What is so hard to understand about the fact that doctors should not say anything about any individual's health unless they've examined them and have permission?  Jeebus Krispies.

                      Thee key phrase in your quote is "an individual".  Doctors say things all the time about the health risks of smoking and obesity, and they should continue to do so, and I expect they will.  However they should not speak about individuals, and they certainly shouldn't predict they'll drop dead.  It's unethical, and I have no idea why some of the commenters here think it serves any purpose at all.

                      What rock do you have to be hiding under to not know being obese is a health risk, or smoking, or drinking too much or participating in extreme sports for that matter?  What practical good does it do to breach your professional ethics, point your finger at someone and say "he's fat and he might drop dead?

                      It's a trashy, cheap way to behave.  It's the "National Enquirer" approach to politics,  and we should be better than this.  It's not surprising that doctor behaved badly, as she claims to support Christie, and conservatives are not known for polite, ethical, intelligent politics.  But can we progressives, liberals, and Democrats try not to get drawn into this behavior?  I don't want to be the party of Stupid.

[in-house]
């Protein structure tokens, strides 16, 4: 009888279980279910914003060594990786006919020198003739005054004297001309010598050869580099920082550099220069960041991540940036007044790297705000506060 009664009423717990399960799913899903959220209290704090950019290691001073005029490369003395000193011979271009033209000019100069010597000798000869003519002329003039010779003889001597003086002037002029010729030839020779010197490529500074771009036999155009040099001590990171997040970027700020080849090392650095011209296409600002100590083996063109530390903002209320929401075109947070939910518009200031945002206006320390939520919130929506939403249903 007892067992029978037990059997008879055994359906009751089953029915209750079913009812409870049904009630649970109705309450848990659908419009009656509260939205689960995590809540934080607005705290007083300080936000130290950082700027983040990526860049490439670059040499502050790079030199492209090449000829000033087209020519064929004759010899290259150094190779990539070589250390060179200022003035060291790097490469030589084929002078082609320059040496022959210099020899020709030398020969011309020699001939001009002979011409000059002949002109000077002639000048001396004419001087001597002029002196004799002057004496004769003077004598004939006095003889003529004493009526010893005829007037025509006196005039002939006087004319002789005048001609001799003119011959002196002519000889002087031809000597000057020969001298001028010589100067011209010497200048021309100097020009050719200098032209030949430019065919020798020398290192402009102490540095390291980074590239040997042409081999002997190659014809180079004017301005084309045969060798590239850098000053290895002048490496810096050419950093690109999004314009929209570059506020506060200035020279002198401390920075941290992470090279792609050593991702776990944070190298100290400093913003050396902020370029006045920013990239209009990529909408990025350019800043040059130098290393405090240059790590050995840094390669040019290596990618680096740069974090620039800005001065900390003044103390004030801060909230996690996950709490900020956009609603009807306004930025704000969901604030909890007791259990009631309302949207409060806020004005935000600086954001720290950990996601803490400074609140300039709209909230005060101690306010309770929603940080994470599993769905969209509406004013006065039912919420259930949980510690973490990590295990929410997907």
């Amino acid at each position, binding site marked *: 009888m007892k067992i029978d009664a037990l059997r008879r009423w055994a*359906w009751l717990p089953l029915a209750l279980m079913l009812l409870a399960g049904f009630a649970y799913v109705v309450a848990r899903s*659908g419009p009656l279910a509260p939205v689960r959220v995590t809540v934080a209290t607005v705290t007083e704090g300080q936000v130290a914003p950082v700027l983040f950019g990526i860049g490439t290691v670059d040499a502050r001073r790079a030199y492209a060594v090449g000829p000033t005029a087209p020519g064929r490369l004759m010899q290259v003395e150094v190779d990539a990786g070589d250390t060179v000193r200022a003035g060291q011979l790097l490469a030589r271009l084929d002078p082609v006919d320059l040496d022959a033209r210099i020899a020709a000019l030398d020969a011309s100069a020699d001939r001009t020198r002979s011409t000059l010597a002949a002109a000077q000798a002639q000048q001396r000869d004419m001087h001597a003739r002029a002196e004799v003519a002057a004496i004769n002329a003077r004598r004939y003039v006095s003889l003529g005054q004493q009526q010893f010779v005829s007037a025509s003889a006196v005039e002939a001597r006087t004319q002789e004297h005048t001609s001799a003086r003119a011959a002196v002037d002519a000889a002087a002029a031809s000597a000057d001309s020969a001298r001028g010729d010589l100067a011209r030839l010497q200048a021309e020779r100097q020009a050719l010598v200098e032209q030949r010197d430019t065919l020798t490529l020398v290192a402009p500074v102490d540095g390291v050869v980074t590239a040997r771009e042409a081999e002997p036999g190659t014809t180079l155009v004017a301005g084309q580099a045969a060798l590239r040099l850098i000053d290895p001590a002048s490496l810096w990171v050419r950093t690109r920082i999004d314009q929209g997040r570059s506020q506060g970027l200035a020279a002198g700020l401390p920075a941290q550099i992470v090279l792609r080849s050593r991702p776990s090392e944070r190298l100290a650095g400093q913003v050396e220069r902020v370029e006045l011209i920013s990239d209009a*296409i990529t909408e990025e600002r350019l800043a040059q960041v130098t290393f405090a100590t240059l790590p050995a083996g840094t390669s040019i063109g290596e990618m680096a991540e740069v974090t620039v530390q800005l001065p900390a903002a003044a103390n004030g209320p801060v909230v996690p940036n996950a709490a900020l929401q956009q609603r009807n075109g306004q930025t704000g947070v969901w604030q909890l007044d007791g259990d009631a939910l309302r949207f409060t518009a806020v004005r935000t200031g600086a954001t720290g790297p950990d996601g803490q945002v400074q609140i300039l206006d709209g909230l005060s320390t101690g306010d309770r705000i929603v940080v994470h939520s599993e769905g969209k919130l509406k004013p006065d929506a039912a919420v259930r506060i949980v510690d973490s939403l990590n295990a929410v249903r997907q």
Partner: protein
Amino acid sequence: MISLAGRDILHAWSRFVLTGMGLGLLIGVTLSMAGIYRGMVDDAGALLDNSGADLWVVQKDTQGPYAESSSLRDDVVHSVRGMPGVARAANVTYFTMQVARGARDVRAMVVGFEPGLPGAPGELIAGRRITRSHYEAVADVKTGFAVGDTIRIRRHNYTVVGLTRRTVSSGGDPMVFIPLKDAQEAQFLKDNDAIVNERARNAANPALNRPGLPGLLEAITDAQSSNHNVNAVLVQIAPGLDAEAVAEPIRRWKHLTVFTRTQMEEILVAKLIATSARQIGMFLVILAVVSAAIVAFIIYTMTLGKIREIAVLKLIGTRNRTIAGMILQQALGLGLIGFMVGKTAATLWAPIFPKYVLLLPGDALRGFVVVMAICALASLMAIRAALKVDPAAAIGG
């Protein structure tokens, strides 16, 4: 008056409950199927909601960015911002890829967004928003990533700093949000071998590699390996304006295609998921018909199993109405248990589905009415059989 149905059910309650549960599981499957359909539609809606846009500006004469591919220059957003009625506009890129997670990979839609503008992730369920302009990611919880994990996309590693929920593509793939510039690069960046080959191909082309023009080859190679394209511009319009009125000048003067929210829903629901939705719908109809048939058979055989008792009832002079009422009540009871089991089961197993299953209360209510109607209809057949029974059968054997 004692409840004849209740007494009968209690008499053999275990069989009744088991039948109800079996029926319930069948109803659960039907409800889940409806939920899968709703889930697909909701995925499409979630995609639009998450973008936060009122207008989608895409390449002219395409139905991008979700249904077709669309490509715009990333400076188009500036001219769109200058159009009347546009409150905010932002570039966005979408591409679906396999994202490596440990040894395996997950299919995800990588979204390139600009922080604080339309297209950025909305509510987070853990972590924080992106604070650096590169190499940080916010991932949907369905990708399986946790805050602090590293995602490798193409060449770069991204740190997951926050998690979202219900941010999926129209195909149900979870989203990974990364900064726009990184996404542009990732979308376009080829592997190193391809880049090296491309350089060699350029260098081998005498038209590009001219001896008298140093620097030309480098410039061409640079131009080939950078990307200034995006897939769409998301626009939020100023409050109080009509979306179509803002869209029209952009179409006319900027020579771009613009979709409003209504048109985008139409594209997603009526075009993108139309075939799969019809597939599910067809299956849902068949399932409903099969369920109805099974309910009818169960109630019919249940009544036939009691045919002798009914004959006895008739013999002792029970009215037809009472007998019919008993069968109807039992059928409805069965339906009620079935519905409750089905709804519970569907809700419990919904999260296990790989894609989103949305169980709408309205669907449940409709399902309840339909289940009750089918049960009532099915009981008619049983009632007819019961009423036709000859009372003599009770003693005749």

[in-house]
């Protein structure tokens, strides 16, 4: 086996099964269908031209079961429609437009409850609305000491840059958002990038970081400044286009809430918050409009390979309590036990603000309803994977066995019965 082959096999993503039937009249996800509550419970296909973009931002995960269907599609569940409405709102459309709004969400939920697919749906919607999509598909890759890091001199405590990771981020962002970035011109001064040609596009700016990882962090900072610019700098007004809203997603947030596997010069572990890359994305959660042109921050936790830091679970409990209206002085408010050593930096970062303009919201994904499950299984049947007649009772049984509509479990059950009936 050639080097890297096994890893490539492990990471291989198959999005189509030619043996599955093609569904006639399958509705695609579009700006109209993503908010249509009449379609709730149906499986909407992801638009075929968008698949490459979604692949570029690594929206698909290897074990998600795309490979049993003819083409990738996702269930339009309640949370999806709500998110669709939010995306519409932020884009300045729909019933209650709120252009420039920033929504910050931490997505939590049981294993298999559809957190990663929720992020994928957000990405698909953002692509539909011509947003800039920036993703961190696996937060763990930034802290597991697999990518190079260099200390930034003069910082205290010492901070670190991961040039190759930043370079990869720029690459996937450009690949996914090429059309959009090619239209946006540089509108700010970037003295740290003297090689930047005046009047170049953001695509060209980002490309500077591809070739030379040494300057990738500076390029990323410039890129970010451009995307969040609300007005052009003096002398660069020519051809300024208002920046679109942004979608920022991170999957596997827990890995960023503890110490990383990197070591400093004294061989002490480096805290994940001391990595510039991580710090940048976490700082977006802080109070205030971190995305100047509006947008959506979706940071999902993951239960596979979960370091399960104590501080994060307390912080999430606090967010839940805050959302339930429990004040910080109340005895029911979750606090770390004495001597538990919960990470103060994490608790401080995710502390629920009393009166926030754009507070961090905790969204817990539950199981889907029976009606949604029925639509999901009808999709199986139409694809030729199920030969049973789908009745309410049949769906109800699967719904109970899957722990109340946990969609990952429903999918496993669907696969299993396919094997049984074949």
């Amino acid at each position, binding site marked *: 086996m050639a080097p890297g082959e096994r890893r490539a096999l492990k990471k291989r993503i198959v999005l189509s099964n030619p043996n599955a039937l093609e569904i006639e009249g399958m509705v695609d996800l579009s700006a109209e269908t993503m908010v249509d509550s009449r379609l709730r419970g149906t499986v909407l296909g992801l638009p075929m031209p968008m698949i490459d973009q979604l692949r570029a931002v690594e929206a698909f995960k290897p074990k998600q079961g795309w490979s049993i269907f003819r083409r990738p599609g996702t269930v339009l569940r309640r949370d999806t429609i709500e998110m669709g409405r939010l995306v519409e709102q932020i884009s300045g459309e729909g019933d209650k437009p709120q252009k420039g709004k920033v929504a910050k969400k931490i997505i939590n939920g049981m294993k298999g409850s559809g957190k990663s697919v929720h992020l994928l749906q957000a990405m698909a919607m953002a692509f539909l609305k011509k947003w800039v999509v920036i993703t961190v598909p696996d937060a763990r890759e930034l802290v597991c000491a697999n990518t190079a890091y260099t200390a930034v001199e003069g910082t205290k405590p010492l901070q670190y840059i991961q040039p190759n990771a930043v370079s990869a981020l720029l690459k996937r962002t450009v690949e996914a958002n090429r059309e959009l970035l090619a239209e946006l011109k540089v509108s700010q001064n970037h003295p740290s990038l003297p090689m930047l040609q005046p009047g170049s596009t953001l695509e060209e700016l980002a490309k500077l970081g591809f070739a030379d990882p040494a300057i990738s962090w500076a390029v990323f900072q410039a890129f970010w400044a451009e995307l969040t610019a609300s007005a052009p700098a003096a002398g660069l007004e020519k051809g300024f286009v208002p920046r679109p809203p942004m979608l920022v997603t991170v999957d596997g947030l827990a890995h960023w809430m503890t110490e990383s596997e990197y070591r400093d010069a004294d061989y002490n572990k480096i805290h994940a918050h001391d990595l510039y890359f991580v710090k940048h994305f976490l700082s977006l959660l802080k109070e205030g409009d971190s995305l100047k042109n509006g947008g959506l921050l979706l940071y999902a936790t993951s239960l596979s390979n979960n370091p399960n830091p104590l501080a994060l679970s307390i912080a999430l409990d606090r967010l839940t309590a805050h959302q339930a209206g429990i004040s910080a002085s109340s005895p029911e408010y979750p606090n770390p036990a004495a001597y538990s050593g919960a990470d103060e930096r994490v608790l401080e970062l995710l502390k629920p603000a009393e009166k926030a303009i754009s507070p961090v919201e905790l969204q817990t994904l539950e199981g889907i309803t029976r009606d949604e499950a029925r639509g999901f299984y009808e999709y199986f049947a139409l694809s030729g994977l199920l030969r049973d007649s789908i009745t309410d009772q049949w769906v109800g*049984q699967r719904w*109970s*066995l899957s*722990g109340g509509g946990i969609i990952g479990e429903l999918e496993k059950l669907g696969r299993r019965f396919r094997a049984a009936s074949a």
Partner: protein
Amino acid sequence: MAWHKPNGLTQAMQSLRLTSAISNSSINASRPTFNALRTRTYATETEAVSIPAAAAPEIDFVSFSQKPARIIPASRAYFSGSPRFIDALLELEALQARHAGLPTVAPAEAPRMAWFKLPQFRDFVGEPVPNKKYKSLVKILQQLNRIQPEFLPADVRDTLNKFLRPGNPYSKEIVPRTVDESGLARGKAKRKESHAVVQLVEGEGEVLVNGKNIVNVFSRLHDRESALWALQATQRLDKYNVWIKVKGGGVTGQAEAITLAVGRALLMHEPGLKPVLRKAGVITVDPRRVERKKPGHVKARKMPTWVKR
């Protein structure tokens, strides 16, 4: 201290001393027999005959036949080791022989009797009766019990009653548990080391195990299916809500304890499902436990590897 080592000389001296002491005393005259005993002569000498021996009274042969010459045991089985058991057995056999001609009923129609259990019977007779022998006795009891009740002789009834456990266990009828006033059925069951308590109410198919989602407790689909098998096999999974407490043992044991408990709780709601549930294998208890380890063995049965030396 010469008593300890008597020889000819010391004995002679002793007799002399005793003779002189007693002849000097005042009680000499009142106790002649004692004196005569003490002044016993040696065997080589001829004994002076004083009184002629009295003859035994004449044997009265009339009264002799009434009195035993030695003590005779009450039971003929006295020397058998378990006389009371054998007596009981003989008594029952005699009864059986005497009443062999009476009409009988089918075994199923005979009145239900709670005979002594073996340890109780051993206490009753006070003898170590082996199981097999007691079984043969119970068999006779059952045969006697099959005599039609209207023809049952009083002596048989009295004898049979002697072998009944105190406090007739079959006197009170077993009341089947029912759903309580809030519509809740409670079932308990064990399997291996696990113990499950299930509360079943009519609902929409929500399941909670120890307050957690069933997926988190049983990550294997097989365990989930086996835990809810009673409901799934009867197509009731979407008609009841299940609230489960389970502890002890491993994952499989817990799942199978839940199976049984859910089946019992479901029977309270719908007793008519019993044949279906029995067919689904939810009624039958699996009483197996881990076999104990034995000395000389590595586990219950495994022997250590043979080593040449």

•  She attacked him on television making his wieght (7+ / 0-)

          an issue as she tried to profiteer from her time as white house doctor.

          She went on to say what the network desired, in return for cash.  

          When you profiteer from someone elses disability, there's a good chance they're going to get mad.

          "Oh, teacher!! Teacher!!  I was calling this fat kid a fatty, and he sniffly YELLLED at me!! He's a bully!"

          "I have often seen people uncivil by too much civility, and tiresome in their courtesy." Michel de Montaigne

          by JesseCW on Sun Feb 10, 2013 at 07:12:17 AM PST

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      •  he did flip out (0+ / 0-)

        equating this with

        anymore than a black person "flips out" when someone says that they shouldn't marry a white person, cause their kids won't belong